Simões, Rui V., Miquel E. Cabañas, Carla Loreiro, Miriam Illa, Fatima Crispi & Eduard Gratacós. 2018. Assessment of prenatal cerebral and cardiac metabolic changes in a rabbit model of fetal growth restriction based on 13C-labelled substrate infusions and ex vivo multinuclear HRMAS. PLOS ONE 13(12). e0208784. DOI: 10.1371/journal.pone.0208784
Background: We have used a previously reported rabbit model of fetal growth restriction (FGR), reproducing perinatal neurodevelopmental and cardiovascular impairments, to investigate the main relative changes in cerebral and cardiac metabolism of term FGR fetuses during nutrient infusion.
Methods: FGR was induced in 9 pregnant New Zealand rabbits at 25 days of gestation: one horn used as FGR, by partial ligation of uteroplacental vessels, and the contralateral as control (appropriate for gestation age, AGA). At 30 days of gestation, fasted mothers under anesthesia were infused i.v. with 1-13C-glucose (4 mothers), 2-13C-acetate (3 mothers), or not infused (2 mothers). Fetal brain and heart samples were quickly harvested and frozen down. Brain cortex and heart apex regions from 30 fetuses were studied ex vivo by HRMAS at 4°C, acquiring multinuclear 1D and 2D spectra. The data were processed, quantified by peak deconvolution or integration, and normalized to sample weight.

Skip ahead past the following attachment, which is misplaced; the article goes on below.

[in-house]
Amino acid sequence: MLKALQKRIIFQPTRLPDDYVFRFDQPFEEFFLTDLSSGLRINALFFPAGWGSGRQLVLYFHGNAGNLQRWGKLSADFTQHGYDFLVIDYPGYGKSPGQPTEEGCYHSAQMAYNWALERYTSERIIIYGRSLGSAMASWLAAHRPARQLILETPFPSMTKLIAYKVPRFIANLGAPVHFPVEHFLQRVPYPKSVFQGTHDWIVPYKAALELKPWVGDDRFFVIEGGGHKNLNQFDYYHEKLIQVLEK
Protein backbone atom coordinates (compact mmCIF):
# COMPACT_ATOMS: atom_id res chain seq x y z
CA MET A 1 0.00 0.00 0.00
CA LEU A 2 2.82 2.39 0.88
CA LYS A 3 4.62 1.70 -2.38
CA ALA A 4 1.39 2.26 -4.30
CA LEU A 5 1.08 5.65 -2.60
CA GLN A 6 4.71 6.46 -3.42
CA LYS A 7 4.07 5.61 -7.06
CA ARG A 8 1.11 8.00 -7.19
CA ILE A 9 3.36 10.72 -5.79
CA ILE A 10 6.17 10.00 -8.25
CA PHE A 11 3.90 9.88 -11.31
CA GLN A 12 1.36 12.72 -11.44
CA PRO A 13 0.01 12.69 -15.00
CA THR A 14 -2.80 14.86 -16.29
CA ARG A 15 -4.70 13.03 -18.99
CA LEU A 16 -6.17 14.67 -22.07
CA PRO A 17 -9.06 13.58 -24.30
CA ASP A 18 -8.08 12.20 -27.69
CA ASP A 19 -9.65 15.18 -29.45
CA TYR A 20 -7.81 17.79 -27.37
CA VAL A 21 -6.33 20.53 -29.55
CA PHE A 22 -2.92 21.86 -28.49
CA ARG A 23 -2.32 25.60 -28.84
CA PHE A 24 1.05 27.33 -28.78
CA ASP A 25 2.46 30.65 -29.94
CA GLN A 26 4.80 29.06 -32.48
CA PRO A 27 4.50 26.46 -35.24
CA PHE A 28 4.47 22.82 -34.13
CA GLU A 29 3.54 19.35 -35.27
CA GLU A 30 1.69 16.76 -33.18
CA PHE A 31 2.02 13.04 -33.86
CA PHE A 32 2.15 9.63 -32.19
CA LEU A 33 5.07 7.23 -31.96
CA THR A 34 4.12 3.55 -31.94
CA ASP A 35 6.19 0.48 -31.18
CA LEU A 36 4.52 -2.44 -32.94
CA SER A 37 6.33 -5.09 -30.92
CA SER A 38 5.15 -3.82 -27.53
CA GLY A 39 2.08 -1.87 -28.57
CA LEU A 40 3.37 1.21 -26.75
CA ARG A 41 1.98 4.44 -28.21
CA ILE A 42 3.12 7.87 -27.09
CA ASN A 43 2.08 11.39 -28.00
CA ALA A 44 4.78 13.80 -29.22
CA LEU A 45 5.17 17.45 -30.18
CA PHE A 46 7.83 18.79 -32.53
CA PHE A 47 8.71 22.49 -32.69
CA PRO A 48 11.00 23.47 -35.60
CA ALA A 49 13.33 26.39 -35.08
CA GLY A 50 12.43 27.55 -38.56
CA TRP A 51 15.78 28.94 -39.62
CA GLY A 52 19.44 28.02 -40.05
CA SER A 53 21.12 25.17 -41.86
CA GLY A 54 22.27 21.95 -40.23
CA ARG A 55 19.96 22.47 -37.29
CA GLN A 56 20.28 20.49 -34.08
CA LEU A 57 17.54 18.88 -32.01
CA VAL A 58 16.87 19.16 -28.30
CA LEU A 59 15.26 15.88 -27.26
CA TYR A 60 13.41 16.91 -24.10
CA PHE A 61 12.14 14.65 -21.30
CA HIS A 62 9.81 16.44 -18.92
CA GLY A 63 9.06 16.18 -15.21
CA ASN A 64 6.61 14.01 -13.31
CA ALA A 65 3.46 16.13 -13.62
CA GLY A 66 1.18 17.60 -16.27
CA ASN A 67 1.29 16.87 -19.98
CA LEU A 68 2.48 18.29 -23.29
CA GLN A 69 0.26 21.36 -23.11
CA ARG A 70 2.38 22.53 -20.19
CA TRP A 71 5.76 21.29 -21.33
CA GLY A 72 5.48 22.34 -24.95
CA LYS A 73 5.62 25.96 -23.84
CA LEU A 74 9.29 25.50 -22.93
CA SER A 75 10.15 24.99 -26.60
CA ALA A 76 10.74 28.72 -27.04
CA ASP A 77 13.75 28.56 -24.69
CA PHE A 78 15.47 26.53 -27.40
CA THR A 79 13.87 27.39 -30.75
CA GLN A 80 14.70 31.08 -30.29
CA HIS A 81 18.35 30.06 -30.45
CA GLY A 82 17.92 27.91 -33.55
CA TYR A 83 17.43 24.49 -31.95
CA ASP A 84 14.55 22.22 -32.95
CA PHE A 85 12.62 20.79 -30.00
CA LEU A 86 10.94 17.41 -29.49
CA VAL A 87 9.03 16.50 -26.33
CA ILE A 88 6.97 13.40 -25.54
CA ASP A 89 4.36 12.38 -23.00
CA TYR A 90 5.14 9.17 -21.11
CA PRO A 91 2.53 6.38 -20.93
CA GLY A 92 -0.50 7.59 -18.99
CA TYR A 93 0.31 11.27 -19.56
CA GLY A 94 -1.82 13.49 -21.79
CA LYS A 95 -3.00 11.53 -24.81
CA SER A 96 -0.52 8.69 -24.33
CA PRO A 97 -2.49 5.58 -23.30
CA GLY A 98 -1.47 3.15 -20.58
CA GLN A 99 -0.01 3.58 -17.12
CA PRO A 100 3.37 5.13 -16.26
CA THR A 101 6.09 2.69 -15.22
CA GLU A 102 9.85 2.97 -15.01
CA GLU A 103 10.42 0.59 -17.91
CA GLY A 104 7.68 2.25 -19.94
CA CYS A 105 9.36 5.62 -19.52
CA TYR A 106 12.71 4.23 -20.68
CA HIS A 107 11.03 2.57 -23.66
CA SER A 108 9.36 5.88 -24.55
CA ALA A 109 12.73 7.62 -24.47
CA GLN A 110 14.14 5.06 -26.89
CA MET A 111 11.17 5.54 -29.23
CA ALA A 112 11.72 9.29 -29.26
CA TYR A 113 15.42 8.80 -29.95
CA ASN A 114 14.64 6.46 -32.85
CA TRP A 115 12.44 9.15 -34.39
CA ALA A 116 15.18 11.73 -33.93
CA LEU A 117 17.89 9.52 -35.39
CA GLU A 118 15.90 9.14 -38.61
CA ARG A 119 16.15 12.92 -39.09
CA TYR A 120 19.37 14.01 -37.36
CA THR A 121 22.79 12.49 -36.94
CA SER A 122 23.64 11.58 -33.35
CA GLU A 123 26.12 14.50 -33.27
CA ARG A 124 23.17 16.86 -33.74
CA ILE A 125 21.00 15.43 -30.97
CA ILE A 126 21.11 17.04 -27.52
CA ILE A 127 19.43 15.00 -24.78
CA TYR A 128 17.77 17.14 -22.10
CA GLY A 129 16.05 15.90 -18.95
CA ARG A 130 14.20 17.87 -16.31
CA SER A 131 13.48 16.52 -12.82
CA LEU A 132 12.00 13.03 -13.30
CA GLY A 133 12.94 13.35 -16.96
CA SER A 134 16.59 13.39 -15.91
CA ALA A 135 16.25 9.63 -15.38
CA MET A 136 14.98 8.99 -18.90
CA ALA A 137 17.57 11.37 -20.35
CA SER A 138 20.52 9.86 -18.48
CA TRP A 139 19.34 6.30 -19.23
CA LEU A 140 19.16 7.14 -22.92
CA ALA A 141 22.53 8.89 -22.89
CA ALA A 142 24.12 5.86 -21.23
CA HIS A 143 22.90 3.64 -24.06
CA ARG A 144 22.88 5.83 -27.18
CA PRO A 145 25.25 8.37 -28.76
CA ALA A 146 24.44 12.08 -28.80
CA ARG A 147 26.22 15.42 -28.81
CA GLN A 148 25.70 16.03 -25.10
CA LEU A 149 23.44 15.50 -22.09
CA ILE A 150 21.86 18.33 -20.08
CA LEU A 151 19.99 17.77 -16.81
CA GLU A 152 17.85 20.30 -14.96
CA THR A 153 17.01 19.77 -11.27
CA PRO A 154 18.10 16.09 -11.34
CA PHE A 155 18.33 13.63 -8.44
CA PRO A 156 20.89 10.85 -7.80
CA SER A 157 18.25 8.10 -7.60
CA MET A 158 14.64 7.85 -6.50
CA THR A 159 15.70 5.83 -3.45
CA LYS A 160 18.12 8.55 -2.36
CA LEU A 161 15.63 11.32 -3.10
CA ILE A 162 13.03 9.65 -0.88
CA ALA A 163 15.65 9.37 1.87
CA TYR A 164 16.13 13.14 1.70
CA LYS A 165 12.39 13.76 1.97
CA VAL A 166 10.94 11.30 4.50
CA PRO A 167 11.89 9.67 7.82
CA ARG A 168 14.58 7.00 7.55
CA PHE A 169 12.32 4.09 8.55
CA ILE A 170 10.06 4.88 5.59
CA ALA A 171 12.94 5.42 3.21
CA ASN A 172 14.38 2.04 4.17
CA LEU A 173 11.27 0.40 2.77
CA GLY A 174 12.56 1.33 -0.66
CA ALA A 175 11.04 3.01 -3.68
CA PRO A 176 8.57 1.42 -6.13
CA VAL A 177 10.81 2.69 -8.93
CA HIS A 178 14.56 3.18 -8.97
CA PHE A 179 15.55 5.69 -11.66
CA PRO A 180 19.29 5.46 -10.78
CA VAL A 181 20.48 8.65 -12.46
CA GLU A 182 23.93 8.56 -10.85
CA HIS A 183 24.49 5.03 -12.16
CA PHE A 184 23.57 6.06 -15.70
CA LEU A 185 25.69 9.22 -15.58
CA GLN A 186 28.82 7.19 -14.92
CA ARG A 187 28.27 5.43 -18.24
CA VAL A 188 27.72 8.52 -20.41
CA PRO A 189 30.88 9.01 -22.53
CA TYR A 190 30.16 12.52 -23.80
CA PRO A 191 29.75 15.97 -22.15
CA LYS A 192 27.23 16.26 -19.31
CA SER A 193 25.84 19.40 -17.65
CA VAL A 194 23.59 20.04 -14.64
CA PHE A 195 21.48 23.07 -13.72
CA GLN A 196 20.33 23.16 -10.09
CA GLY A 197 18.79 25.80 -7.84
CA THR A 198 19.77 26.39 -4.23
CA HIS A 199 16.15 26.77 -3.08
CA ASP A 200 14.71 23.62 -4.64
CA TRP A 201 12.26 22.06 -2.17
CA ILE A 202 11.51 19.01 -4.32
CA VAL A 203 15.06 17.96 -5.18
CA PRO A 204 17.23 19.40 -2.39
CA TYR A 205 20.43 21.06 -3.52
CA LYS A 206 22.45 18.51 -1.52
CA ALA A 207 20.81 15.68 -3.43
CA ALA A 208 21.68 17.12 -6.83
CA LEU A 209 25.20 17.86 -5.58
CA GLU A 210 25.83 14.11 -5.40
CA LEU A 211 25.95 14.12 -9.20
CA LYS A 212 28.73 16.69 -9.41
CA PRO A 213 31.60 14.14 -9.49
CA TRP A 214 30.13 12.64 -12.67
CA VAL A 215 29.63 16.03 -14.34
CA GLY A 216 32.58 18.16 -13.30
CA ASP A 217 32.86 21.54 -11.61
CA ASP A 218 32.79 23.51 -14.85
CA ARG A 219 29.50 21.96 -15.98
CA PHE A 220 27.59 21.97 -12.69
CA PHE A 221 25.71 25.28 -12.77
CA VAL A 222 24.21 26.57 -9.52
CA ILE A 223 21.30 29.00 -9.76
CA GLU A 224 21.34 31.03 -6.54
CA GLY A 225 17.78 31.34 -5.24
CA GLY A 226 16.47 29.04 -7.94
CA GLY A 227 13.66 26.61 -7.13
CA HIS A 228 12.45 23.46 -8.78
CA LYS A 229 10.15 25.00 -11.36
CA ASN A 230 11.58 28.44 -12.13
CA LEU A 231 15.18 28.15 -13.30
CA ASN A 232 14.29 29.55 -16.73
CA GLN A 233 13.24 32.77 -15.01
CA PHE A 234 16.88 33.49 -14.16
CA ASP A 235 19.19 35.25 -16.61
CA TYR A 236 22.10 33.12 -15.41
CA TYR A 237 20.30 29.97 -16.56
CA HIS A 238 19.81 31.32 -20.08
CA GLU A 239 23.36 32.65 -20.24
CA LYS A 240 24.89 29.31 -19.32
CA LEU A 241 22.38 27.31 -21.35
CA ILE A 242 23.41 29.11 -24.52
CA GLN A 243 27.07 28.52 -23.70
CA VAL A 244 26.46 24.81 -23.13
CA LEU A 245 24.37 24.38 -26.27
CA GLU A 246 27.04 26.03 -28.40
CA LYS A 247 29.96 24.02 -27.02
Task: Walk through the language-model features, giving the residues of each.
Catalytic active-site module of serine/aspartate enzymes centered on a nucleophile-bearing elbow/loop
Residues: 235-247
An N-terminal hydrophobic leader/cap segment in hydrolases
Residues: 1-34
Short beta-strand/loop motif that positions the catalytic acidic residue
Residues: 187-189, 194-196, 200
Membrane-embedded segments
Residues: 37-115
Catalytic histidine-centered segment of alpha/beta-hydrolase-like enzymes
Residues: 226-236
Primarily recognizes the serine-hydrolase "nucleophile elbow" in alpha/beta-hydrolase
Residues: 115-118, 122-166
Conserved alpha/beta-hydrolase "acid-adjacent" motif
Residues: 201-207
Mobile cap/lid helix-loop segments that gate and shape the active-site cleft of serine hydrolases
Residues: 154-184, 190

Results: Most of the total 13C-labeling reaching the fetal brains/hearts (80–90%) was incorporated to alanine and lactate (cytosol), and to the glutamine-glutamate pool (mitochondria). Acetate-derived lactate (Lac C2C3) had a slower turnover in FGR brains (~ -20%). In FGR hearts, mitochondrial turnover of acetate-derived glutamine (Gln C4) was slower (-23%) and there was a stronger accumulation of phospholipid breakdown products (glycerophosphoethanolamine and glycerophosphocholine, +50%), resembling the profile of non-infused control hearts.
Conclusions: Our results indicate specific functional changes in cerebral and cardiac metabolism of FGR fetuses under nutrient infusion, suggesting glial impairment and restricted mitochondrial metabolism concomitant with slower cell membrane turnover in cardiomyocytes, respectively. These prenatal metabolic changes underlie neurodevelopmental and cardiovascular problems observed in this FGR model and in clinical patients, paving the way for future studies aimed at evaluating metabolic function postnatally and in response to stress and/or treatment.